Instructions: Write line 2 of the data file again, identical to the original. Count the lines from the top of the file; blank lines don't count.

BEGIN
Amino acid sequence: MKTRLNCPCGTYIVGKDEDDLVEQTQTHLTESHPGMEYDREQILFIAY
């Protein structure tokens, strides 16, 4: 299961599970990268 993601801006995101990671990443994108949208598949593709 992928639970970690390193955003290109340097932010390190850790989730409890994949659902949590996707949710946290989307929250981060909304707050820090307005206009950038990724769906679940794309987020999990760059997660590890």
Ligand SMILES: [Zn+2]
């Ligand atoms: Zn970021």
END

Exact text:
């Protein structure tokens, strides 16, 4: 299961599970990268 993601801006995101990671990443994108949208598949593709 992928639970970690390193955003290109340097932010390190850790989730409890994949659902949590996707949710946290989307929250981060909304707050820090307005206009950038990724769906679940794309987020999990760059997660590890």